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Most Americans Pessimistic About Chances At Staying Middle Class

Image: Jill Fulk, customer service representative

"I have basically been making the same salary since 2006," says Jill Fulk, seen here at her job as a customer service representitive at an insurance company in Greenbelt, Md. on Monday, Sept. 16, 2013. "I do not feel there is any hope for the true middle class - to have the American Dream," she says. Jim Seida / NBC News

The American Dream is based on a simple idea. Everyone has a fair shot at pulling themselves up by their bootstraps. But what happens when those bootstraps get frayed?

According to a report released Tuesday by the MacArthur Foundation, 79 percent of Americans think it's more likely for middle class people to fall into a lower economic class than it is for people in lower economic classes to rise into the middle class.

image: infographic
An infographic illustrating data from the 3rd annual Housing Matters survey. MacArthur Foundation

Rich, poor, Democrat, Republican, young and old, no matter how you slice the data, that number stayed steady in the phone interview survey of 1,401 adults conducted by Hart Research Associates between April 27 and May 5.

This is the third year for the Housing Matters report but the first time it has asked the social mobility question. From the beginning the report has shown Americans believe the housing crisis is ongoing, though that view is improving.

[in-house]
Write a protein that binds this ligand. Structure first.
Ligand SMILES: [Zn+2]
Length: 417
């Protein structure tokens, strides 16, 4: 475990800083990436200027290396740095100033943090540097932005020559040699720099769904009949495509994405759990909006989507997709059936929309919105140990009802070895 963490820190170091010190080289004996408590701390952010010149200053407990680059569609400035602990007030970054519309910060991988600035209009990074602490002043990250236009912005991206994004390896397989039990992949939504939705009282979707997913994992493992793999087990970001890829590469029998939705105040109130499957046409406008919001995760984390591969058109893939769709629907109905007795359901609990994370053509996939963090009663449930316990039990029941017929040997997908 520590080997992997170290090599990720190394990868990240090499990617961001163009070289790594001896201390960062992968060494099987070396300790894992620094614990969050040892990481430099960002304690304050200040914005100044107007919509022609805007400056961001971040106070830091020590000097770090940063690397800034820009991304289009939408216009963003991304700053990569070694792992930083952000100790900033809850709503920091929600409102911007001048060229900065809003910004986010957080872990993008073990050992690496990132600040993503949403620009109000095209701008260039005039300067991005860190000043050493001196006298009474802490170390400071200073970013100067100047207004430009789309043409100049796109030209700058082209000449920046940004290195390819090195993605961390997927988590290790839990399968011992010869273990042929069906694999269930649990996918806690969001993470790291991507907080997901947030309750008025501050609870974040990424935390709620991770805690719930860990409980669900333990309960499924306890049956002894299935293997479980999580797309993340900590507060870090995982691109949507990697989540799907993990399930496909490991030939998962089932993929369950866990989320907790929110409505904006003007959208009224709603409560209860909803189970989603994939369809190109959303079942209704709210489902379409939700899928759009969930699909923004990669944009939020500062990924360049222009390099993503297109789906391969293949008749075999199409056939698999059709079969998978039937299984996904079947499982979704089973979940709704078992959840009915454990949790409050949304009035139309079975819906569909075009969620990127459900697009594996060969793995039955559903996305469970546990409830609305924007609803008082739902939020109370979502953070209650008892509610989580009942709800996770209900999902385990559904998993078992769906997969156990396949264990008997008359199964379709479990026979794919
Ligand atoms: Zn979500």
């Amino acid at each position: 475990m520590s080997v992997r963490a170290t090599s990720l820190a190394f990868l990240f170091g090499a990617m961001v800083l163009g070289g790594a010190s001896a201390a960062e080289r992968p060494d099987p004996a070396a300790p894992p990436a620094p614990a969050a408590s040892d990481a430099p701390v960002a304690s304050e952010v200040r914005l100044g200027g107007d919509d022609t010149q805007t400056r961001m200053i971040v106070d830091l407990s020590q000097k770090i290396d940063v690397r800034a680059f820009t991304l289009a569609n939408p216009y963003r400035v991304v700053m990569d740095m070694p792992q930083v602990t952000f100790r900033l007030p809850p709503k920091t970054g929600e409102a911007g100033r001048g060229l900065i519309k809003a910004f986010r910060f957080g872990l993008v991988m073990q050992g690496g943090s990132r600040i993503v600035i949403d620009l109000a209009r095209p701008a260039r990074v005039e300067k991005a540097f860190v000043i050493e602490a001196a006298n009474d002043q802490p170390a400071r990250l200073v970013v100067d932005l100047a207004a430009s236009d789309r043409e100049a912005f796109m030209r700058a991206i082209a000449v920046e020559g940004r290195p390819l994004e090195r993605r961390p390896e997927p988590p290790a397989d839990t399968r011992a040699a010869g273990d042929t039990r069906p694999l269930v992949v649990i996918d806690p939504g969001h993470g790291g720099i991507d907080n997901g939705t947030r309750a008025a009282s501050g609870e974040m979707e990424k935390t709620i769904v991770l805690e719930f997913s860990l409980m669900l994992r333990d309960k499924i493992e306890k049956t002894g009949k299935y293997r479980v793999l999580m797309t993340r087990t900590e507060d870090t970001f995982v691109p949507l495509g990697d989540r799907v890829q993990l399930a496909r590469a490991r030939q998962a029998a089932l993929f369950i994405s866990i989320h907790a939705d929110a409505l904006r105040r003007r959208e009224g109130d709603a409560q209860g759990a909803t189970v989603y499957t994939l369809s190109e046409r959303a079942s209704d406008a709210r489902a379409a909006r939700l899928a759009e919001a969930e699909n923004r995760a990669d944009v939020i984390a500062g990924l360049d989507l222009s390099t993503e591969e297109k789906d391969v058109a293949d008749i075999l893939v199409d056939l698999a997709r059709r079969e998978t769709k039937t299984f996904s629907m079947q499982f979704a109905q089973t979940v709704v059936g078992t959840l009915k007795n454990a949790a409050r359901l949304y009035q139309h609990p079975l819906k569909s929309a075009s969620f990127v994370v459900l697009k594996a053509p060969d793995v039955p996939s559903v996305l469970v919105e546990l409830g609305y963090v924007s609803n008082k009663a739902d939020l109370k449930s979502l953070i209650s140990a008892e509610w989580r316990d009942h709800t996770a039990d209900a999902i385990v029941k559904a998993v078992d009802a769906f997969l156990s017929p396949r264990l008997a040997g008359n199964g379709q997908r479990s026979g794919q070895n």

This year, 61 percent of Americans believe we are either “still in the middle” of the housing crisis (41 percent) or "the worst is yet to come" (20 percent). While this has improved since 2014, where it was a combined 70 percent, and the 77 percent in 2013, it's clear most Americans believe the economy has yet to recover.

Rebecca Naser, SVP of Hart Research, which conducted the study, said one of the biggest drivers of this new American pessimism is housing. Chiefly, not being able to afford it. Wage growth is sluggish. And while interest rates are at record lows, it's harder to qualify for a loan. Meanwhile, rents are rising in some cities.

Half of respondents said they had to make at least one cutback in order to pay their rent or mortgage. Further, 21 percent reported adding on another job or working longer hours, 17 percent stopped contributing to their retirement plan, 14 percent ran up credit card debt, and 12 percent stopped buying healthier foods.

"This is a long slog," said Naser. "There's a very entrenched feeling of pessimism."